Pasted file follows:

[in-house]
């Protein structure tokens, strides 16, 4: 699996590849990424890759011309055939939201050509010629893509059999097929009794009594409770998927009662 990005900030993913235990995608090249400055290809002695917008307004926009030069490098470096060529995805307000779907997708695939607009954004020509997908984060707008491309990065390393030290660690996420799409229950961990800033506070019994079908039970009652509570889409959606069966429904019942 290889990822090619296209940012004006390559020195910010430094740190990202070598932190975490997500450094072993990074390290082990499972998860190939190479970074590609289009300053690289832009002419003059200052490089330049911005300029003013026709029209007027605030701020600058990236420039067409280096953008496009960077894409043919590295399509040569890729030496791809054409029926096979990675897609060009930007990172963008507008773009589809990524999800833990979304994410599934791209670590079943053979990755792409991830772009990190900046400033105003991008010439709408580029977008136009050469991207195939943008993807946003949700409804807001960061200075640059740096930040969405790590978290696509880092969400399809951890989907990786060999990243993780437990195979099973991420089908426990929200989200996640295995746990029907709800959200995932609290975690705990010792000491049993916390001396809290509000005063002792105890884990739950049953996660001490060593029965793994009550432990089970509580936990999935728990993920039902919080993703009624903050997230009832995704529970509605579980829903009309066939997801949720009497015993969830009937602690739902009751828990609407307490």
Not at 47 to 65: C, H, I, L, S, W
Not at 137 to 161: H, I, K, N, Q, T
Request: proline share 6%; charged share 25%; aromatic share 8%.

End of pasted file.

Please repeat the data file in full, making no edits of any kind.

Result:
[in-house]
């Protein structure tokens, strides 16, 4: 699996590849990424890759011309055939939201050509010629893509059999097929009794009594409770998927009662 990005900030993913235990995608090249400055290809002695917008307004926009030069490098470096060529995805307000779907997708695939607009954004020509997908984060707008491309990065390393030290660690996420799409229950961990800033506070019994079908039970009652509570889409959606069966429904019942 290889990822090619296209940012004006390559020195910010430094740190990202070598932190975490997500450094072993990074390290082990499972998860190939190479970074590609289009300053690289832009002419003059200052490089330049911005300029003013026709029209007027605030701020600058990236420039067409280096953008496009960077894409043919590295399509040569890729030496791809054409029926096979990675897609060009930007990172963008507008773009589809990524999800833990979304994410599934791209670590079943053979990755792409991830772009990190900046400033105003991008010439709408580029977008136009050469991207195939943008993807946003949700409804807001960061200075640059740096930040969405790590978290696509880092969400399809951890989907990786060999990243993780437990195979099973991420089908426990929200989200996640295995746990029907709800959200995932609290975690705990010792000491049993916390001396809290509000005063002792105890884990739950049953996660001490060593029965793994009550432990089970509580936990999935728990993920039902919080993703009624903050997230009832995704529970509605579980829903009309066939997801949720009497015993969830009937602690739902009751828990609407307490």
Not at 47 to 65: C, H, I, L, S, W
Not at 137 to 161: H, I, K, N, Q, T
Request: proline share 6%; charged share 25%; aromatic share 8%.